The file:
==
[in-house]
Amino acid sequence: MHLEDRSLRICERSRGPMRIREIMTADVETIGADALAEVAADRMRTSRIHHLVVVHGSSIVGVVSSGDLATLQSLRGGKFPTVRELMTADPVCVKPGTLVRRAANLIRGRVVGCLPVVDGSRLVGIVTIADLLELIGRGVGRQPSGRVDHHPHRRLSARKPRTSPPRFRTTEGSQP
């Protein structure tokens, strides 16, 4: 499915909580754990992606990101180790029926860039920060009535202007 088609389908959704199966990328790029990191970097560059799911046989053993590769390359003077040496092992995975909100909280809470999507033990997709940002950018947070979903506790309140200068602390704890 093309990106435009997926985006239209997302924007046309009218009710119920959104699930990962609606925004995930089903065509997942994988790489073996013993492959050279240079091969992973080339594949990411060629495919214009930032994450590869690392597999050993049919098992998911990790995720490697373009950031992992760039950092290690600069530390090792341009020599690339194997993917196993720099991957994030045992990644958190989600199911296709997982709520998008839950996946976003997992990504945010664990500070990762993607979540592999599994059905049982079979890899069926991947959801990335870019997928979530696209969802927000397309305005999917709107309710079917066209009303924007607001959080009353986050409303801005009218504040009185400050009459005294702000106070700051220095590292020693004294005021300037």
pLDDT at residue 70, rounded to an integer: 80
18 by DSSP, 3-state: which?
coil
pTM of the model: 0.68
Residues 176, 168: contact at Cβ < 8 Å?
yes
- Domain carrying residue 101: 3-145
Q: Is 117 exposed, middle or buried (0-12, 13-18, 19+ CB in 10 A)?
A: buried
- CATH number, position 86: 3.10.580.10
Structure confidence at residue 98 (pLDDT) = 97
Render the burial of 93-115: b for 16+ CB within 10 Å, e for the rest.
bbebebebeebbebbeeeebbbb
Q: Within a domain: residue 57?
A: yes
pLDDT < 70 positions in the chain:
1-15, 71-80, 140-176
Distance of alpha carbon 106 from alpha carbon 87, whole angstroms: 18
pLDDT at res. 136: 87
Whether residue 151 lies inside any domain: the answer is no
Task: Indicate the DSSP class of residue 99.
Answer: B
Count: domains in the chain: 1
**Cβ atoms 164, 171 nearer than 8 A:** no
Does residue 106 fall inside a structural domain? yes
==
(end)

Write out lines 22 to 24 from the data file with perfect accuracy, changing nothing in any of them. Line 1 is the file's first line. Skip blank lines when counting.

pLDDT at res. 136: 87
Whether residue 151 lies inside any domain: the answer is no
Task: Indicate the DSSP class of residue 99.